It was mentioned in the information meeting that the golf course would become eligible to be tax assessed for the benefit of Kings County with course ownership transferred to the Tribe.  However, this tax assessment is not a condition/promise that is the jurisdiction of the city of Lemoore nor even Kings County, e.g., the Mono Indians just got the right to classify purchased land in Madera County as reservation property from the governor despite local concerns!  A petition to the state governor and/or the Federal Government can result in Tribe property being classified as reservation property.  I am sure that the location of the golf course next to Highway 198 is extremely important to the Tribe.  With the Tribe obtaining ownership of the golf course property, with its visibility and ease of freeway access, sound business practices would almost certainly lead to changes in appearance of the course along the freeway.  With a “national” autonomy given to tribes’ reservations, local Lemoore zoning requirements or even some of the conditions of sale could be altered after the fact.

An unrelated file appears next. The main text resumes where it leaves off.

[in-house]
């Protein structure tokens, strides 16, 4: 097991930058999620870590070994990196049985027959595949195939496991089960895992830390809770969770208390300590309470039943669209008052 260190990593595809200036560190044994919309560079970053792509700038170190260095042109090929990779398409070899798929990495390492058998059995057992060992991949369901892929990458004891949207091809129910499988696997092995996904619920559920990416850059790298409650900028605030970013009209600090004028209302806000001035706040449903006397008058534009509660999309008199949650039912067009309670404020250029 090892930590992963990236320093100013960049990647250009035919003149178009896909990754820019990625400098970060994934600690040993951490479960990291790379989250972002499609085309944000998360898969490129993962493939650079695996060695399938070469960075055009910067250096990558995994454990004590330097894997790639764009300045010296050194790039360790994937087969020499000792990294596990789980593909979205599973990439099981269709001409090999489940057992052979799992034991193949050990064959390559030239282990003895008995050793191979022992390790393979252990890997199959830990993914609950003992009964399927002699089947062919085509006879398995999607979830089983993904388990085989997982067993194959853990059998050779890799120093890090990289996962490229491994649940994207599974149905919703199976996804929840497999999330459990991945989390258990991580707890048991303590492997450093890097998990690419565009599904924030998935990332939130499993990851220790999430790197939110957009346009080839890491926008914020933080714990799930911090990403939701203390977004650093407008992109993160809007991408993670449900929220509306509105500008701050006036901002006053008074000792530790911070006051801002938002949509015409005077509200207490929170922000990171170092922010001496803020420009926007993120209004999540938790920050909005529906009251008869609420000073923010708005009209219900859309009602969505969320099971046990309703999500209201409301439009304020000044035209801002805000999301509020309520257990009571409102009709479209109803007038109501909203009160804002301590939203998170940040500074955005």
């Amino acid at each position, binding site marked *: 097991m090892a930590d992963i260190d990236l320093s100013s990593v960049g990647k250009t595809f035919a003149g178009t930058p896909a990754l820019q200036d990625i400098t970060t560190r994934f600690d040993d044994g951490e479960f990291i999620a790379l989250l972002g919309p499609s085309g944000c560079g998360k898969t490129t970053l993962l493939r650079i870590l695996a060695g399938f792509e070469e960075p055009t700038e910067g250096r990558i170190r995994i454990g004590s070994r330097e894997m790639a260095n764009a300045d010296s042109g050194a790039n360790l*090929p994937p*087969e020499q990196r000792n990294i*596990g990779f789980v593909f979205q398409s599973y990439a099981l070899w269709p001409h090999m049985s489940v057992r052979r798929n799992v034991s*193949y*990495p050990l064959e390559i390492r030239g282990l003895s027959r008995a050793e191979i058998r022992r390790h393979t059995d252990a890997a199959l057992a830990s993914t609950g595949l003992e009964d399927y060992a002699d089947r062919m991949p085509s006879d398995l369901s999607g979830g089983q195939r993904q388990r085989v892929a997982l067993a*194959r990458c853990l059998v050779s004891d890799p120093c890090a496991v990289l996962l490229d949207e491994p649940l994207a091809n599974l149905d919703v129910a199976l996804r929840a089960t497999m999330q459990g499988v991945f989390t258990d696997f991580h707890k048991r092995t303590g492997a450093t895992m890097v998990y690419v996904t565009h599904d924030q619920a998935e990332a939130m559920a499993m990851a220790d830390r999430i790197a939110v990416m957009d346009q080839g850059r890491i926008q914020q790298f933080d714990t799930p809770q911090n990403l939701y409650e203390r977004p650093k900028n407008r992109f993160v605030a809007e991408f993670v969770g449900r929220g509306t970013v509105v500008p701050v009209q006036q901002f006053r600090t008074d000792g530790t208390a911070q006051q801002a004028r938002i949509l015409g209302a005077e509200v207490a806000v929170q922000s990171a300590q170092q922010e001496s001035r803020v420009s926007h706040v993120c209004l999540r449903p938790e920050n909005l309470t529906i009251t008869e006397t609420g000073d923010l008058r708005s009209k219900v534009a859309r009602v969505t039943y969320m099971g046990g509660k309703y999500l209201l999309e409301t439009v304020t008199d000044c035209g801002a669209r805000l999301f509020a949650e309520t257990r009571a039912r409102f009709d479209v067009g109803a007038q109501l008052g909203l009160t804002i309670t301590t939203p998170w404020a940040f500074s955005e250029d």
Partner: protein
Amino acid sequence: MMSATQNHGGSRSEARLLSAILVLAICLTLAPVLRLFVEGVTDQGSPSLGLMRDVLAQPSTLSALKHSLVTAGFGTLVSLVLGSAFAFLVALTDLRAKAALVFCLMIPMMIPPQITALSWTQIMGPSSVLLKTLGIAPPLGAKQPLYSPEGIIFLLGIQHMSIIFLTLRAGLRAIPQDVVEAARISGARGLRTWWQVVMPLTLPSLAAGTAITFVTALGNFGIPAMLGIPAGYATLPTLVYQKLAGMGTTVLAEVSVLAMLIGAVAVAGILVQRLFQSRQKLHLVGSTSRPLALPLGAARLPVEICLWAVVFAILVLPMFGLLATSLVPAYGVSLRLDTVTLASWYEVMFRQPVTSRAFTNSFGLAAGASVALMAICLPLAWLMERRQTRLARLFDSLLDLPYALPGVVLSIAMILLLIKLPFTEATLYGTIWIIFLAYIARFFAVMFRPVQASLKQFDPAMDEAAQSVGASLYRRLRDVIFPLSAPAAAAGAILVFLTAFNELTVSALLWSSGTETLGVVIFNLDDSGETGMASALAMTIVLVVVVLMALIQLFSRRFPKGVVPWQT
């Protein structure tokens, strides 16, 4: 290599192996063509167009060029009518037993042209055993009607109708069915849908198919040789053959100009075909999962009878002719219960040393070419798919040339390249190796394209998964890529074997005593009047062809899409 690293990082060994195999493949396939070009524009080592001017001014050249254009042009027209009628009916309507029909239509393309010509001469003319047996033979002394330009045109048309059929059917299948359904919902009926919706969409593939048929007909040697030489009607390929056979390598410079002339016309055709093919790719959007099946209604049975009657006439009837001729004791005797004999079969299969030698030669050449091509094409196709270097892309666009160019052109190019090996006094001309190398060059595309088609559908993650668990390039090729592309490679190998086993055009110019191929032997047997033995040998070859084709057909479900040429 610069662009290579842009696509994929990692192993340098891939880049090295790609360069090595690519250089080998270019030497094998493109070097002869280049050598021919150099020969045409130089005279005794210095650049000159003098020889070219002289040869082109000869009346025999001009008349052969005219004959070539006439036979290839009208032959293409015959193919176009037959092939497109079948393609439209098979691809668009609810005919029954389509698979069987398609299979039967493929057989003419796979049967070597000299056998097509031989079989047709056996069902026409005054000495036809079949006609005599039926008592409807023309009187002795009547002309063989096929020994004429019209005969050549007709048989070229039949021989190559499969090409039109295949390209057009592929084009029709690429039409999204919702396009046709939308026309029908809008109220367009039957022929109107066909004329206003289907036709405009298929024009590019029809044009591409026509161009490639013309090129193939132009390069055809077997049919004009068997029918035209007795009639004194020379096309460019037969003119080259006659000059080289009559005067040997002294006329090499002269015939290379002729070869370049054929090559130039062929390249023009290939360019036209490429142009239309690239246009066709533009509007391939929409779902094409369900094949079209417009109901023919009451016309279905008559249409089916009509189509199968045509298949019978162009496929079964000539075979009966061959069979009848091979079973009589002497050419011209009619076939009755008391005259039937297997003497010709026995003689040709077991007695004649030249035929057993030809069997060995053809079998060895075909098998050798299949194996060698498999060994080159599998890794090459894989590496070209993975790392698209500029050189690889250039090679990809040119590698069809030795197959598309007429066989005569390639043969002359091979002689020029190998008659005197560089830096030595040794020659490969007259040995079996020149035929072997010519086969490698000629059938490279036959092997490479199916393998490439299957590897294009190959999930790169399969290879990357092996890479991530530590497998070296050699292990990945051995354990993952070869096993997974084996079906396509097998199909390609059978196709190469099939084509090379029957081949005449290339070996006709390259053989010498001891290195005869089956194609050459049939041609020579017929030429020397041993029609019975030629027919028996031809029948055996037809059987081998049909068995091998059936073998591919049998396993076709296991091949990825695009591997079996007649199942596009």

The Tribe has promised that the golf course would remain a public golf course as a condition of purchase.  For city residents and military personnel, there is a big difference about the golf course being “public” with equal access versus that of “availability and preference” given to Tribe members and casino patrons.  Currently both the general public and the military enjoy equal access on a first-call, reservation basis for tee times outside of sponsored tournaments that are well advertised ahead of time.  As a matter of sound business on the Tribe’s part, equal access by the community would/could NOT be the case with the Tribe.  Good business dictates the use of the course as a draw by the Tribe for out-of-town casino visitors.  By your conditions-of-sale the Tribe has promised to meet a requirement to keep a “public course” by definition; but availability time by Lemoore residents, navy, and other San Joaquin Valley residents becomes limited to those times favored/dictated by the new owners.  To the Tribe it is business and in all fairness they see money to be made on an already constructed course.  Indeed the representing chief financial officer pointedly referenced that he had golf course ownership experience in that building a course was too costly.  Subsequently tribes have gone out and simply bought ten other existing courses?  There appears to be a steady income to be made in keeping the course for the city.  Paradoxically isn’t the case made quite well by the Tribe that business is good enough to purchase/own a golf course by their unsolicited offer to purchase the city course?  So why does the city feel compelled to sell when the Tribe wants to buy?